When pitching a difficult client or confronting a challenging colleague, bracing for the worst can create a self fulfilling prophecy. Learn to disarm defensiveness in yourself and others to make for production exchanges, even when navigating the most difficult territory.
Fear about the outcome of a meeting triggers an ancient part of your brain, called the Amygdala. This instinctual brain center treats imminent danger like a threat to your life (even if it's just an overbearing client, and not a saber-toothed tiger) and shuts down your critical thinking to flip you into survival mode. Often referred to as the “Fight, Flight or Freeze Reflex,” an Amygdala Hijack robs you of your potential to creatively work through difficult communications. We all know the remorse of, “I wish I would have said….”
Here are 3 tools to help you deal with challenging communication:
1. GO ON A FACT FINDING MISSION. Think of everything the other person does as a new clue. The more clues you gather, the more you’ll be able to tailor your pitch/argument to the way they're thinking about the situation. It’s often shocking the distance between two people’s stories about the same event. The more you learn, the more you’ll speak in a way that resonates with the listener.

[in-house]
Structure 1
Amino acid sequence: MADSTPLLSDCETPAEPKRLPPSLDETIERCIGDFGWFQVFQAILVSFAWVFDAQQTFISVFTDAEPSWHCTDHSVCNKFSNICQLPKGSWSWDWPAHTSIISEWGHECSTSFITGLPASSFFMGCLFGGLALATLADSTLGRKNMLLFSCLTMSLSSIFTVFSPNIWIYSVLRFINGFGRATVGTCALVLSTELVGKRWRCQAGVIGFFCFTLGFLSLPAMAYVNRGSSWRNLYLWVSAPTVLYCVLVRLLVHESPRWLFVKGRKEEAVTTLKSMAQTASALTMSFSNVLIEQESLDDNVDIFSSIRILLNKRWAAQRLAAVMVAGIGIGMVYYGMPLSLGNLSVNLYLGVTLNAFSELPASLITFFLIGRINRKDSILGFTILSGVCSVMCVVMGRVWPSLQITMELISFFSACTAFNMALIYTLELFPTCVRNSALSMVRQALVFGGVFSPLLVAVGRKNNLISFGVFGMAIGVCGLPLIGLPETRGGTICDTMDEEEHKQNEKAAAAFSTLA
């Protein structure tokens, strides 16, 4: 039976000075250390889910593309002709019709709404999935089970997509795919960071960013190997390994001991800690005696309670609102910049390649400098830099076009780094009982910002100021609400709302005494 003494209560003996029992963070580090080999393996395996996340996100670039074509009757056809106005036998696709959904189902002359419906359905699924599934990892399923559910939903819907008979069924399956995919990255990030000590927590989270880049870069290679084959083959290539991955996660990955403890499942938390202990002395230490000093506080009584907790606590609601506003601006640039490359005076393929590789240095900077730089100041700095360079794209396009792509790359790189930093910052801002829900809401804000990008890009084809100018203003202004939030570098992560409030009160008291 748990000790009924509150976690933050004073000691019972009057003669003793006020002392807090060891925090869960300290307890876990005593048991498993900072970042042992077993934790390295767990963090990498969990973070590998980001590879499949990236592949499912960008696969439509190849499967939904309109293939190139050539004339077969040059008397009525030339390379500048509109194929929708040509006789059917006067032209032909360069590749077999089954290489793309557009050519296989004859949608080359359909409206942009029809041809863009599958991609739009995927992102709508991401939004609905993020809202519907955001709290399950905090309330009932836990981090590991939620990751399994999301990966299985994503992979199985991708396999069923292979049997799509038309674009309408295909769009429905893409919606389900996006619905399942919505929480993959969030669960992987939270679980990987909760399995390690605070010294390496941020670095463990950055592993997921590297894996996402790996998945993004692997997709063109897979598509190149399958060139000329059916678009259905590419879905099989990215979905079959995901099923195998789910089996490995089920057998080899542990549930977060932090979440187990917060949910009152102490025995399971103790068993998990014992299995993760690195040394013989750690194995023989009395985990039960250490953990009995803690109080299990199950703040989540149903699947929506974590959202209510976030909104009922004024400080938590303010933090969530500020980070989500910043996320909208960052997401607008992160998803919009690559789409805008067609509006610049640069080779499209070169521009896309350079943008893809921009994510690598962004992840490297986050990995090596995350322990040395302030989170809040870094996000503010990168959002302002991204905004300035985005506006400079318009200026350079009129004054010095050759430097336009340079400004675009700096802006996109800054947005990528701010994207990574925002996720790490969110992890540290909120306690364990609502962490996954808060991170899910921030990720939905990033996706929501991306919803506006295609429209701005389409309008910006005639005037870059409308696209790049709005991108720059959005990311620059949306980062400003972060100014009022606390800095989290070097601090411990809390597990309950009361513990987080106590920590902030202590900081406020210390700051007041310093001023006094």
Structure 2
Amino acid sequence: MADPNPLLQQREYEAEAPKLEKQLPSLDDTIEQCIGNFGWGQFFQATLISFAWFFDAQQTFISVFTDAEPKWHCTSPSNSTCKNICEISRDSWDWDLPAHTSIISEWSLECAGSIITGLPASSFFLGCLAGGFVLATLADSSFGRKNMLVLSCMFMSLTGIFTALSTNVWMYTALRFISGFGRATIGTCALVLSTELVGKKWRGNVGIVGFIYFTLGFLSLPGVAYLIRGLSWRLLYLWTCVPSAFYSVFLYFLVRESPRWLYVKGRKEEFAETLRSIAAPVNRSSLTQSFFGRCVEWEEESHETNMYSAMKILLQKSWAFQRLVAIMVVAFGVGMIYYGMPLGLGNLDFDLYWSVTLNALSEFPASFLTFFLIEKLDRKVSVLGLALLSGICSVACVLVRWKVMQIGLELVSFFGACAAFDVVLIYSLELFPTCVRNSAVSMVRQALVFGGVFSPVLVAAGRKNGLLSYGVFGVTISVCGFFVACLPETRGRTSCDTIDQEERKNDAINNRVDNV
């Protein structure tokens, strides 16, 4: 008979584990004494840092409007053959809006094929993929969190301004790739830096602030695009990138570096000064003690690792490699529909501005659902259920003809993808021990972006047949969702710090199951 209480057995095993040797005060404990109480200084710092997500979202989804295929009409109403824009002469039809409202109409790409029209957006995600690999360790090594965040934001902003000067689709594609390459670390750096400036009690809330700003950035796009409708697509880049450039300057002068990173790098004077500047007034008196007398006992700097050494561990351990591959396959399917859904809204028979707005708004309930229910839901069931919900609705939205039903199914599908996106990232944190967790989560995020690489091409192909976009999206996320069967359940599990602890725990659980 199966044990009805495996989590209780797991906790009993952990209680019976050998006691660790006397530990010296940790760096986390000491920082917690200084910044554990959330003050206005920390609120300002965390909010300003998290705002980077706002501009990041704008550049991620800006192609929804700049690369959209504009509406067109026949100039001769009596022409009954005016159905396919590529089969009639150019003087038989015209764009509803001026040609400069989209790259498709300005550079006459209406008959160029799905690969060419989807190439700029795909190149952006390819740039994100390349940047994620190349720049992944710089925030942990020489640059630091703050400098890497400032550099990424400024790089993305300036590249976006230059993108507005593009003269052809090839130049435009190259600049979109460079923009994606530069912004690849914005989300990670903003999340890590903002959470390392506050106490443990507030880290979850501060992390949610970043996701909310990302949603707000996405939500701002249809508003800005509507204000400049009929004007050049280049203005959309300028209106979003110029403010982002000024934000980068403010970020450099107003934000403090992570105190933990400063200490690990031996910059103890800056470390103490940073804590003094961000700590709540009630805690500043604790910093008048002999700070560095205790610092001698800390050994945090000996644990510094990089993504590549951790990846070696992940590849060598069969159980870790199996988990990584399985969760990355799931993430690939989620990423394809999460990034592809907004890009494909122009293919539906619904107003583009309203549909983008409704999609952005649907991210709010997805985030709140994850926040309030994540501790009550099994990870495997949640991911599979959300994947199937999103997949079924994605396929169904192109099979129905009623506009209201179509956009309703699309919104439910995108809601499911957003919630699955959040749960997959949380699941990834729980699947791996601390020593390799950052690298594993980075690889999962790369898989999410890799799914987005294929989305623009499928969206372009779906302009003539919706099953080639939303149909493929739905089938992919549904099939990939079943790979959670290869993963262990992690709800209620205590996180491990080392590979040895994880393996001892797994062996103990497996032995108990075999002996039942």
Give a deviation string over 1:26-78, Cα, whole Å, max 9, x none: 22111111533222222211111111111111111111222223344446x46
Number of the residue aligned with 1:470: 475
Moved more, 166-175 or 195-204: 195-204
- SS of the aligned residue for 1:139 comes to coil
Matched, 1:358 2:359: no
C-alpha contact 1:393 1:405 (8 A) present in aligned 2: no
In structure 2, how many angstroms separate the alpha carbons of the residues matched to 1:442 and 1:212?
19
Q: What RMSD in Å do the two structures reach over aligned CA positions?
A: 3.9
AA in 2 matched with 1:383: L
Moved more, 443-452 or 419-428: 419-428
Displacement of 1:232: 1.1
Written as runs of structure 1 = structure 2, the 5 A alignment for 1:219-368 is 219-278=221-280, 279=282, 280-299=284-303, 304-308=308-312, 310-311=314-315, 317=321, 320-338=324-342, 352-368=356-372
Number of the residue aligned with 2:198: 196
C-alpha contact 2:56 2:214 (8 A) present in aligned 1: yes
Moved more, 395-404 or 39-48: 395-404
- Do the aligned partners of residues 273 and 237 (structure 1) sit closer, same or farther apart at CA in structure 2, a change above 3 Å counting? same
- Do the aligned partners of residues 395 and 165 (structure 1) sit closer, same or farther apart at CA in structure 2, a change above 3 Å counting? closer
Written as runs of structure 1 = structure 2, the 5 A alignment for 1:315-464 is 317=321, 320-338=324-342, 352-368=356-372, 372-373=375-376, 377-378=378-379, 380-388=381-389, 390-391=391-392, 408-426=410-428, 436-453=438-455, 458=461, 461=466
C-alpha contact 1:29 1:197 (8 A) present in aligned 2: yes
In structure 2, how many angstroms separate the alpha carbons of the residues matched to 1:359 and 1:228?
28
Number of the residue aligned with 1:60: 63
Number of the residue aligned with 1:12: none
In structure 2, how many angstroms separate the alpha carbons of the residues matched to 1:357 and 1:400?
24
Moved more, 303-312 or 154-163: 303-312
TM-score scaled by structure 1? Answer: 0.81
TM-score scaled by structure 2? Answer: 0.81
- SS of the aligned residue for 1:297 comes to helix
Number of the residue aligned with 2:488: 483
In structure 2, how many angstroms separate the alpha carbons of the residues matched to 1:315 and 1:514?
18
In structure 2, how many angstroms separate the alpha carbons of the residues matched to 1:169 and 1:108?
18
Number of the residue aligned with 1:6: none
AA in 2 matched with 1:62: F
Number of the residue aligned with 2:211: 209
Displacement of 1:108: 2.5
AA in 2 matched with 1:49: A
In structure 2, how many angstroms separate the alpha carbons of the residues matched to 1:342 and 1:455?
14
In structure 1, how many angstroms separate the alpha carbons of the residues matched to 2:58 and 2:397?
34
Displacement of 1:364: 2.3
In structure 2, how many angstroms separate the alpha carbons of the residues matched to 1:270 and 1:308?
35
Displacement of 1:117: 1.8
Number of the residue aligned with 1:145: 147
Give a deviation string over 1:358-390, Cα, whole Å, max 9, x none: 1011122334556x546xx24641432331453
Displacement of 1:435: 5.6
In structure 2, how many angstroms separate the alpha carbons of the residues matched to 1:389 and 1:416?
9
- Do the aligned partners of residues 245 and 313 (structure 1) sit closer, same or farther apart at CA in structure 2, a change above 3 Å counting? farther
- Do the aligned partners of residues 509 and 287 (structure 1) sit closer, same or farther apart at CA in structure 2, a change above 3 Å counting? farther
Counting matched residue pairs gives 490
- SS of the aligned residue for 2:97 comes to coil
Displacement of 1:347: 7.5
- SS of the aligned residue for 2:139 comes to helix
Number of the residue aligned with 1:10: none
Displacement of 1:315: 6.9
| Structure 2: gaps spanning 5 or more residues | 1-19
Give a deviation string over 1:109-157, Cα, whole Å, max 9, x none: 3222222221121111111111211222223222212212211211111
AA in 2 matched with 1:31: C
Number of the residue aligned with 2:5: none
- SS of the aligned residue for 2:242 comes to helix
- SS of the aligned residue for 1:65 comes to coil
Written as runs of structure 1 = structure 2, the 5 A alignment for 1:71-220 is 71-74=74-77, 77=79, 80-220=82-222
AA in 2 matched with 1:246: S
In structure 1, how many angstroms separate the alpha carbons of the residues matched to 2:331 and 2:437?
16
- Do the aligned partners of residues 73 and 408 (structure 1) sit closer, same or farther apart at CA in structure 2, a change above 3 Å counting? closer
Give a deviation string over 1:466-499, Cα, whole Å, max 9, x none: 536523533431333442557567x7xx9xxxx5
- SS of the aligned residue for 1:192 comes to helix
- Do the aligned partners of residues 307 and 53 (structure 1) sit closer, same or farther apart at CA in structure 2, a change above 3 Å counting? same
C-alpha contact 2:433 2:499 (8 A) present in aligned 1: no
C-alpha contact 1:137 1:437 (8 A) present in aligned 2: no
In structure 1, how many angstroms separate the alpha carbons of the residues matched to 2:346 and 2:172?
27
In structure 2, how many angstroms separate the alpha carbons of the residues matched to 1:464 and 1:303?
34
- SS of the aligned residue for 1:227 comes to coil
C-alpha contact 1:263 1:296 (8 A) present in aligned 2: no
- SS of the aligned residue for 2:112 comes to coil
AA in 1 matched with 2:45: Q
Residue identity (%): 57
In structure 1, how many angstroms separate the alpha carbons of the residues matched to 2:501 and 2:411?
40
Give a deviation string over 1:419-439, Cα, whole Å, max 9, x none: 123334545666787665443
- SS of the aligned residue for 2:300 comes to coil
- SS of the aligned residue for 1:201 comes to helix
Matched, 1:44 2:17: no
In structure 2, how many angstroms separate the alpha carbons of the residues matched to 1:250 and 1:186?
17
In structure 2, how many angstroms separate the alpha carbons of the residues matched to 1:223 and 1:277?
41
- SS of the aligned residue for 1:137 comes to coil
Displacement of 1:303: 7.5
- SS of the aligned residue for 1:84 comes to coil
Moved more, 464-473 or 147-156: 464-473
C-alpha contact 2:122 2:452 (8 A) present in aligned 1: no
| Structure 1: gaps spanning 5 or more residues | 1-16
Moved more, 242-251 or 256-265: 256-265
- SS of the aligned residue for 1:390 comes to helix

2. SET CLEAR BOUNDARIES AND GOALS AHEAD OF TIME. Instead of getting defensive, go into difficult communications with concrete goals and limits that you’ve thought about before the pressure was on. This will allow you to be present and listen in the moment because you’ll have already calculated your decisions in a level headed atmosphere.
3. IDENTIFY YOUR TRIGGERS. Expecting to stay 100% calm, cool and collected is a recipe for failure. Difficult conversations are exactly that, hard. Make a list of what the other person could say that you’d find most upsetting. These are your “triggers.” During the conversation, stay aware of “triggers” and take a deep breath when you hear one. This exercise allows you to notice the trigger and move on instead of getting caught up in an instinctual, emotional response.
For more techniques about how to handle difficult pitches and conversations, contact Laura Ramadei at UP.